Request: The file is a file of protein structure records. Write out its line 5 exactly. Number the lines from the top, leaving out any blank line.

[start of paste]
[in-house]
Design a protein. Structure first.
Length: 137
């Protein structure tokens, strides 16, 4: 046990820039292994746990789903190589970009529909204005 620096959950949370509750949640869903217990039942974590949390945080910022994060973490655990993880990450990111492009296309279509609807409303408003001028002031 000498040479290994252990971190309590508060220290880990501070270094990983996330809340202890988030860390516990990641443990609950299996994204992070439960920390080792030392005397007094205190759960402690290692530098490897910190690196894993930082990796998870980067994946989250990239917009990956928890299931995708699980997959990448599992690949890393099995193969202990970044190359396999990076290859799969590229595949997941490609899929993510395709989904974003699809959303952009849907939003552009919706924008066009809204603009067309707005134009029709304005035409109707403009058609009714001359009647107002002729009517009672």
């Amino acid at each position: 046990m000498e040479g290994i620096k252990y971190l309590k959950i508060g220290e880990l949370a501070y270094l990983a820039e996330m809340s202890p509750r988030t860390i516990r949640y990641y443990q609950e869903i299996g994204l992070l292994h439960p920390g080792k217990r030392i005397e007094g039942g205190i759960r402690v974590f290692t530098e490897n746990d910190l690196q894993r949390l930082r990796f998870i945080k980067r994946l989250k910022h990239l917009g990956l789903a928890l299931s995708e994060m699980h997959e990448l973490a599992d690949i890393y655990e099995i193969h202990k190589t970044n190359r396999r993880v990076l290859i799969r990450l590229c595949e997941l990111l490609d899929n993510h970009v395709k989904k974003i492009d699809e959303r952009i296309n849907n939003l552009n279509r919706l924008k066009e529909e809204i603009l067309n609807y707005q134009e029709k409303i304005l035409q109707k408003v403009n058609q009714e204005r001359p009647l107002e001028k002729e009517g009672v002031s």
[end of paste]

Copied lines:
């Amino acid at each position: 046990m000498e040479g290994i620096k252990y971190l309590k959950i508060g220290e880990l949370a501070y270094l990983a820039e996330m809340s202890p509750r988030t860390i516990r949640y990641y443990q609950e869903i299996g994204l992070l292994h439960p920390g080792k217990r030392i005397e007094g039942g205190i759960r402690v974590f290692t530098e490897n746990d910190l690196q894993r949390l930082r990796f998870i945080k980067r994946l989250k910022h990239l917009g990956l789903a928890l299931s995708e994060m699980h997959e990448l973490a599992d690949i890393y655990e099995i193969h202990k190589t970044n190359r396999r993880v990076l290859i799969r990450l590229c595949e997941l990111l490609d899929n993510h970009v395709k989904k974003i492009d699809e959303r952009i296309n849907n939003l552009n279509r919706l924008k066009e529909e809204i603009l067309n609807y707005q134009e029709k409303i304005l035409q109707k408003v403009n058609q009714e204005r001359p009647l107002e001028k002729e009517g009672v002031s």